“My God, my God, why have you forsaken me? Why are you so far from helping me, from the words of my groaning? O my God, I cry by day, but you do not answer; and by night, but find no rest.”

David understands that trying to make sense of or justify any loss on our own will simply not hold ground. In fact, we often cause more harm than good by trying to be optimistic in the face of loss and explaining it away as “God doing everything for a reason.”  Instead, David is honest about his experience and honest about God’s relation to that experience, even if he is limited in his understanding.

Indeed, this idea of questioning God seems wrong to many of us, even though it is a very natural thing during times of grief. “Why me?” “Why did God let this happen?” Even Jesus on the cross, praying David’s words from the psalms, cried out, “My God, My God, why have you forsaken me?” (Matthew 27:46). In his deepest moment of grief and darkness, Jesus questioned the presence of his Father in his suffering.

However, what we often fail to realize in asking the question “why?” is that the questioning itself is putting God foremost, knowing that He is the only One with the answers. Sorrow itself needs God to validate it. Both complete confidence in God and asking God “why?” are equally Christian ways of handling loss. Both responses admit that God is in control of our lives even though we can’t necessarily understand His reasoning.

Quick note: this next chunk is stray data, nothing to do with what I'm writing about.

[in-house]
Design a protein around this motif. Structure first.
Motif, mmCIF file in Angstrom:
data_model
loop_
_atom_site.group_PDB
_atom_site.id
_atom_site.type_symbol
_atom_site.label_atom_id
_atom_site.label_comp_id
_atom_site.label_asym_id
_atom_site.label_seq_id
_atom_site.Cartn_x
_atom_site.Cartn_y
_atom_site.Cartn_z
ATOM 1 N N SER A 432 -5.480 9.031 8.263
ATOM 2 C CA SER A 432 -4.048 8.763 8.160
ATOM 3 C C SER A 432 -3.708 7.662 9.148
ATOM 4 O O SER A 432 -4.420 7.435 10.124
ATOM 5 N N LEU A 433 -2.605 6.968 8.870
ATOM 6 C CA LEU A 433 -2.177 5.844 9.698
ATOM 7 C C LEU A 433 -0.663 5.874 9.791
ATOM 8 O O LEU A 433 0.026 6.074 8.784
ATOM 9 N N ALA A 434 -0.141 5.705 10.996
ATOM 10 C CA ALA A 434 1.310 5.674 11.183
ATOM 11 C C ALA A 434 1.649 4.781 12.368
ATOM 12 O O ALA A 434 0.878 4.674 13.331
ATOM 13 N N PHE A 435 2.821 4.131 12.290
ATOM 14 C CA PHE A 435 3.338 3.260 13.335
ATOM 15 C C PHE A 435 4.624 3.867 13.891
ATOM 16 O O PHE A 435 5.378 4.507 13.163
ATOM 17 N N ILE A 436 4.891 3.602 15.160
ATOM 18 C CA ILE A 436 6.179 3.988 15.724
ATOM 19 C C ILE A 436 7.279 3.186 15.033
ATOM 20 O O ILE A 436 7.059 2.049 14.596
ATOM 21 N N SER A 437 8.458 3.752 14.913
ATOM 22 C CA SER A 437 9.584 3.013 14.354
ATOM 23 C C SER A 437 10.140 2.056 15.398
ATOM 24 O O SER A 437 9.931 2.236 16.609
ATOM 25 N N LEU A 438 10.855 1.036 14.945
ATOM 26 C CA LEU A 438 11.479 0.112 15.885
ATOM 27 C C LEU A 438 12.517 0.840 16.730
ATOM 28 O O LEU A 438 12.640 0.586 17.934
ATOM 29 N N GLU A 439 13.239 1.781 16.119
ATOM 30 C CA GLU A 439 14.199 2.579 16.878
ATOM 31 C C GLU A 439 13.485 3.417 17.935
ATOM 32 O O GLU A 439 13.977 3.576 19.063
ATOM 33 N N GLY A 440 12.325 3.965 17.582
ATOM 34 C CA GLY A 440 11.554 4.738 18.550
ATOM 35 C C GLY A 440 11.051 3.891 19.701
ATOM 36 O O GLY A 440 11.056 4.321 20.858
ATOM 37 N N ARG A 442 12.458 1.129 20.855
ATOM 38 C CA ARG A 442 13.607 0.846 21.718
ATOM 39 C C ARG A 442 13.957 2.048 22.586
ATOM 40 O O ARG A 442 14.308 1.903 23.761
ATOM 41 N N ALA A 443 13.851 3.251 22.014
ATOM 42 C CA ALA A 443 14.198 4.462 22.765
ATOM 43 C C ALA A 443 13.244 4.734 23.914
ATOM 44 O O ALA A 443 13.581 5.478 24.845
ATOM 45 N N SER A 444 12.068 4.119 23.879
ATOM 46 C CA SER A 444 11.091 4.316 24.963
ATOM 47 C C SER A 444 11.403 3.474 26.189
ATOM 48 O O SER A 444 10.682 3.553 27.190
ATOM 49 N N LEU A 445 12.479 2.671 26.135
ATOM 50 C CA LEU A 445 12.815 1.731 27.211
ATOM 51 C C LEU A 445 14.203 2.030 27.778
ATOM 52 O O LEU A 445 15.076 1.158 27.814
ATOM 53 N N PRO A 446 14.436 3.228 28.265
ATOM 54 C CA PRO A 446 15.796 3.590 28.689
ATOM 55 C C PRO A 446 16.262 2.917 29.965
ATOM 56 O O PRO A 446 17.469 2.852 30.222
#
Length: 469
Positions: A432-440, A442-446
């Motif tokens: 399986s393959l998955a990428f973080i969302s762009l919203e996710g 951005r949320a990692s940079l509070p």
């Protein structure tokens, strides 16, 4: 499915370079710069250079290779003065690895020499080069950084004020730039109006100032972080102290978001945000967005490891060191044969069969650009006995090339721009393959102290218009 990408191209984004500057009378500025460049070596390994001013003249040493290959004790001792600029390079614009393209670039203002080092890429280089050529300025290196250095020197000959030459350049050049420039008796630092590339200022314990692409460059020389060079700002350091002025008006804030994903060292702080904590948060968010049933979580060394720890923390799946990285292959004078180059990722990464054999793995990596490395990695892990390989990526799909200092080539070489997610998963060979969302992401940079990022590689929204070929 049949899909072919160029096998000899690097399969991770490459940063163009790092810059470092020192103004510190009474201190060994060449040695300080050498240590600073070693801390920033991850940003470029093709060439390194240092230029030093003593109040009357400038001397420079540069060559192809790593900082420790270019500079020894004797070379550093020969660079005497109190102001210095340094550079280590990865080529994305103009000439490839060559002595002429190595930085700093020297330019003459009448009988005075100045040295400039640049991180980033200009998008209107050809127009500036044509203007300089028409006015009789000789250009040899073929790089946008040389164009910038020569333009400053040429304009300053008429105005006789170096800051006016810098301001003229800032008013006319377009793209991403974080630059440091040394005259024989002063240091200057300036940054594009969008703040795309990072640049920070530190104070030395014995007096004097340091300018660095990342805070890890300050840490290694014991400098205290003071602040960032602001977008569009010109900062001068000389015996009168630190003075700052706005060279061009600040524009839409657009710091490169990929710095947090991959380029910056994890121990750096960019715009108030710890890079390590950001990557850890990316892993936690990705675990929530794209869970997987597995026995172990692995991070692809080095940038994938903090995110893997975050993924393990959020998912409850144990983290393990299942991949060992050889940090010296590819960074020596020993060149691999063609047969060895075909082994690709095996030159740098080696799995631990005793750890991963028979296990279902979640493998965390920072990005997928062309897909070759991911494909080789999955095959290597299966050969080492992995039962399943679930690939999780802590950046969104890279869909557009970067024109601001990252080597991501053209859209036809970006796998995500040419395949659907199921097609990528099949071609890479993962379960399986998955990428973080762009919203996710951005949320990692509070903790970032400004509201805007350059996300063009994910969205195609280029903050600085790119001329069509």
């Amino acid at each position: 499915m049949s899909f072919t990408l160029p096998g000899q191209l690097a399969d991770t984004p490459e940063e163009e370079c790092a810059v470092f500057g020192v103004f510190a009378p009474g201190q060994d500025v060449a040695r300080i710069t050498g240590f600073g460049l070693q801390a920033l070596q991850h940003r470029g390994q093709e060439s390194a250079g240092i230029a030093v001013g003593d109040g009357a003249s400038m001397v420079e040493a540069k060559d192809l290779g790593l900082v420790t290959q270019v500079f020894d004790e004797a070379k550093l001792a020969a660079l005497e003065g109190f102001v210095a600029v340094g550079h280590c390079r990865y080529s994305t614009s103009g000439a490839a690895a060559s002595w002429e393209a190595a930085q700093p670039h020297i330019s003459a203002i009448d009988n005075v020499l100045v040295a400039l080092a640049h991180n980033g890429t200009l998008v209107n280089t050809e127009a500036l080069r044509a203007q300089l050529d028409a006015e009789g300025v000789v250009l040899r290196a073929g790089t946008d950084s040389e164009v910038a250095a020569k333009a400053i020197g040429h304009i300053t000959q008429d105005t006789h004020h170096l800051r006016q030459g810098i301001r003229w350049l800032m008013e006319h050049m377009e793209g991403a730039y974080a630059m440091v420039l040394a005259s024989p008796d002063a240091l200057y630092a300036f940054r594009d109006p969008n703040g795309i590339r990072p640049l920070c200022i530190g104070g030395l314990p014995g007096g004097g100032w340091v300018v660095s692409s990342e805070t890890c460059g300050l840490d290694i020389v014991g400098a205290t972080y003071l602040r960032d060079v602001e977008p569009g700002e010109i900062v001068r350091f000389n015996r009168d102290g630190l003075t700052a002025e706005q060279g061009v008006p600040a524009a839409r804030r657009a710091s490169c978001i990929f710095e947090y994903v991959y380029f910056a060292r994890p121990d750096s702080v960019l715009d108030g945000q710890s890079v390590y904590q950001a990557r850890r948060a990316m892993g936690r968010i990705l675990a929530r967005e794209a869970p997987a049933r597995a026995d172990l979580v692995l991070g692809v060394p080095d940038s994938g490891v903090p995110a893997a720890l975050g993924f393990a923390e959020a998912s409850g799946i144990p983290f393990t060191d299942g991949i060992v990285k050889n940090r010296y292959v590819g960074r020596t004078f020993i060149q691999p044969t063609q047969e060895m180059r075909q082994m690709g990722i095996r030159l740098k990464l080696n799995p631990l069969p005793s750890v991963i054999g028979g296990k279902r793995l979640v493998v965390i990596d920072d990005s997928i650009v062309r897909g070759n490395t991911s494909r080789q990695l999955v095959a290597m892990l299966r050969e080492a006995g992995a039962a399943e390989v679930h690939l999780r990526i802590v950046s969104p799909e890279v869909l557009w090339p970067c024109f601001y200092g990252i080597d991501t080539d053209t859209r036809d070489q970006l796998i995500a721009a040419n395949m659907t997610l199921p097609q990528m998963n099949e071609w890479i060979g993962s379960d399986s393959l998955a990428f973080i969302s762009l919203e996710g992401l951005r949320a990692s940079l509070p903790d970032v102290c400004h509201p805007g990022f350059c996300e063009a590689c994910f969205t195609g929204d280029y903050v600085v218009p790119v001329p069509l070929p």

We ask “why?” because we do not understand or agree with evil, but we still know that God is in control and is able to redeem the brokenness of this world for His good purposes. This is why David, right after he questions God’s presence in Psalm 22:1-2, affirms God’s character in verses 3-5:

“Yet you are holy, enthroned on the praises of Israel. In you our ancestors trusted; they trusted, and you delivered them.  To you they cried, and were saved…”

Jesus provides us with the ultimate example of simultaneously wrestling with and trusting God in suffering.  Despite his anguish on the cross under the weight of the world’s guilt, Jesus trusted in His good Father and His plan for him and for the world (Matthew 26:39).  God’s overarching plan of redemption and restoration has and will continue to come to fruition, and we must take that into account when we experience loss.  

Optimism is claiming that we know what God has in store for us and we can explain away each instance of loss. Hope, however, is admitting that we hate and question loss—we are angered by it, but we don’t give up our faith in Christ, the One who redeems suffering and overcomes evil. Loss may lead us to a confusion of identity, but if we look to Christ during times of loss and suffering we are reminded of our identity in Him.  This fact will lead us and help us be with others through the dark times of disorientation into reorientation.

 

Autumn Terry, New City Stories Contributor